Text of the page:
This information is typically not known early in design cycles, as bitstream size is based on the size and composition of the Reconfigurable Partition Pblock, and bitstream address is based on storage details. Until the design is to be tested on silicon, these can be set to 0. As the design settles and hardware testing with the DFX Controller is set to begin, this information can be added. The bitstream address information must match the information passed during PROM file generation. Certain bitstream generation options, most notably bitstream compression, can lead to variations in the final bitstream size for different configurations, even for the same Reconfigurable Partition.

  13. Define the Trigger Options for the Shift functionality:
      • Number of Hardware Triggers = 4
      • Number of Triggers allocated = 4

    The four trigger assignments are done automatically. These can be modified during device operation using AXI4-Lite, which is especially useful when you have added a new RM through the same mechanism during a field system upgrade.

    At this point, the IP GUI should look like this (showing rm_shift_left here):

    Figure 4. VSM vs_shift Completed

    Next, you will create and populate the Count Virtual Socket following the same basic steps, with slightly different options here and there.

  14. Click the New Virtual Socket Manager button to create a new VSM.
  15. Add two RMs with these names and properties:
    • RM Name = rm_count_up
    • Reset type = Active High
    • Duration of Reset = 12
    • RM Name = rm_count_down
    • Reset type = Active High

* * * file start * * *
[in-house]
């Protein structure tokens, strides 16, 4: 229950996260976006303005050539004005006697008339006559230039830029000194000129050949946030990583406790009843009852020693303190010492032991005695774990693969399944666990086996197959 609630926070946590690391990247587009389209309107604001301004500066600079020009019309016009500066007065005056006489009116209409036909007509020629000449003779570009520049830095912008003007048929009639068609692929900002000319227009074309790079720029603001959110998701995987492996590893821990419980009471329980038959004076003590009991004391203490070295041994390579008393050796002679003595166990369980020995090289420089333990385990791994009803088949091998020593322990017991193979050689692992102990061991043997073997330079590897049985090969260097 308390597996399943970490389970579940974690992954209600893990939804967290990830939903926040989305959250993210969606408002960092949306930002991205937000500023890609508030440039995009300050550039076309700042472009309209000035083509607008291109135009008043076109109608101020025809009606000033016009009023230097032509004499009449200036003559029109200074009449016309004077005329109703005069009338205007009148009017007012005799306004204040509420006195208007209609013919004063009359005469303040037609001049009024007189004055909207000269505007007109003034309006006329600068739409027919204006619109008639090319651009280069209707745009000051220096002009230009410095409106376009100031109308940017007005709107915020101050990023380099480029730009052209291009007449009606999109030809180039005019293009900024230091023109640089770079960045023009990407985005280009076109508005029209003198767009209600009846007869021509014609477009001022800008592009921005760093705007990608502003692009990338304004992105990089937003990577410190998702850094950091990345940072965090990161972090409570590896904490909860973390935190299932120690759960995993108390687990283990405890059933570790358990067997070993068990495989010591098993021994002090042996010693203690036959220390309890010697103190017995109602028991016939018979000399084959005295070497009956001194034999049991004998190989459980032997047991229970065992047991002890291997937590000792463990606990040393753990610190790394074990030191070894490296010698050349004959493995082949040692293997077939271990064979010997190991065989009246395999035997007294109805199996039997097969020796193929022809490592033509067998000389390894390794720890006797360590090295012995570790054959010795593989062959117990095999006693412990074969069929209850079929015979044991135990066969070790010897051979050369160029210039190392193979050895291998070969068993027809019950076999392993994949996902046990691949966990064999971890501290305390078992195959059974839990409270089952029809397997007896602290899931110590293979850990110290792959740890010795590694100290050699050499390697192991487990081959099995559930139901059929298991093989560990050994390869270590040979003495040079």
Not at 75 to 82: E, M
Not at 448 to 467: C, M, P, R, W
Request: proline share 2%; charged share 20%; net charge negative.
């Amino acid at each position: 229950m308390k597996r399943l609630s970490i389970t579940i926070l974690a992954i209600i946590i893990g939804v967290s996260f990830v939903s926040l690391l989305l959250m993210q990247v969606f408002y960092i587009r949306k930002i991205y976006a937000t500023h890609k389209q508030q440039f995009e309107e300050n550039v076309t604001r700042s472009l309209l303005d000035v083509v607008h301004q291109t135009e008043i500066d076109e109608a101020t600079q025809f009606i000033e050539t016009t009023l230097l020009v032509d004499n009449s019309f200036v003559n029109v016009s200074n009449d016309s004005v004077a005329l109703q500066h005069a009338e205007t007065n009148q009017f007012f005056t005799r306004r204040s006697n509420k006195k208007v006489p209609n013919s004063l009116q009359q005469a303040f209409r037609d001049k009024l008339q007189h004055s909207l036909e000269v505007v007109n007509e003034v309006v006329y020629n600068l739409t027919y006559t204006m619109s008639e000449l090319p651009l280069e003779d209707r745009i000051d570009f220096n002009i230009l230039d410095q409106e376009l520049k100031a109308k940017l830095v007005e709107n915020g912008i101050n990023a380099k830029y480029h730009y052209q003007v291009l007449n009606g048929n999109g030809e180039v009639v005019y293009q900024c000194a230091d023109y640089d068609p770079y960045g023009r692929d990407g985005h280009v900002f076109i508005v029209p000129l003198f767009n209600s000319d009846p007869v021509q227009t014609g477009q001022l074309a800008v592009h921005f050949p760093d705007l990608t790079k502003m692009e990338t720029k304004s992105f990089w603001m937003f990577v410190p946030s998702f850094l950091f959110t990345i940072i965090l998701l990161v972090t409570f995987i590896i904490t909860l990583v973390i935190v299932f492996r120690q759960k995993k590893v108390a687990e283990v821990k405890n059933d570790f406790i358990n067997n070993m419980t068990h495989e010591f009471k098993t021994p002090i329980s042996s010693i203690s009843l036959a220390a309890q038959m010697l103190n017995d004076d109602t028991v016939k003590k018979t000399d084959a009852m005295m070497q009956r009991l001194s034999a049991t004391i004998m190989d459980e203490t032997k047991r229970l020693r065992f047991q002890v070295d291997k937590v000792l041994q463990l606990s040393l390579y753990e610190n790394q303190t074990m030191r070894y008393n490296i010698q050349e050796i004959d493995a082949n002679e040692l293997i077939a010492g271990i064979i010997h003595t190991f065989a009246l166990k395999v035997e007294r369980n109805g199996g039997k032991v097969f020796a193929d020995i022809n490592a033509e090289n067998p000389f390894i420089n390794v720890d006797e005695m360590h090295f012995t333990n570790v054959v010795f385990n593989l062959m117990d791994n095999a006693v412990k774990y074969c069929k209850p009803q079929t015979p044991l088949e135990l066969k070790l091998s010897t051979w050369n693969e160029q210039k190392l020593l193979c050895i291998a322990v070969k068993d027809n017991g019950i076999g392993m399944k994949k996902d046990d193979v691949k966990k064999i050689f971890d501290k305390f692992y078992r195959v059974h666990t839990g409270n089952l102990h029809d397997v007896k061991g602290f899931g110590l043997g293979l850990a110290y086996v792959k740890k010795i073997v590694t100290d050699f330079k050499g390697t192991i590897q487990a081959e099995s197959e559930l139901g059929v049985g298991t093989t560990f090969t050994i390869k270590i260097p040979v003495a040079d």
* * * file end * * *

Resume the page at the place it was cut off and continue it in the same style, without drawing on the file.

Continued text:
• Duration of Reset = 16

    For this Virtual Socket, leave the bitstream address and size information at the default of 0, but set bitstream 1 to be a clearing bitstream In addition to being defined here, bitstream size information can be added to a routed configuration checkpoint via the DFX Controller Tcl API, or can be added in an active design using the AXI4-Lite interface. For the Count Virtual Socket, the bitstream address and size information is added using the Tcl commands after place and route, but before bitstream generation.

    Tip: For more information about how to use the DFX Controller Tcl API, see this link in the Dynamic Function eXchange Controller Product Guide (PG374).

    Examine the Tcl scripts in the <Extract_Dir>/Sources/scripts directory. The update_dfxc_vcu108.tcl uses the DFX Controller Tcl API to update the bitstream address and bitstream size, which is stored in dfx_info_vcu108.tcl. This file is sourced later in the lab from <Extract_Dir>/design.tcl.

  16. On the VSM tab, modify these VSM settings from their default values:
    • Virtual Socket Manager name = vs_count
    • Start in Shutdown = checked
    • Shutdown on error = unchecked
    • Has PoR RM = checked, rm_count_up
  17. Define the Trigger Options for the Count functionality:
    • Number of Hardware Triggers = 4
    • Number of Triggers allocated = 4

    This completes the planned customization of the DFX Controller IP for this tutorial.

  18. Click OK and then Generate to begin core compilation and out-of-context synthesis.
Figure 5. Final DFX Controller Symbol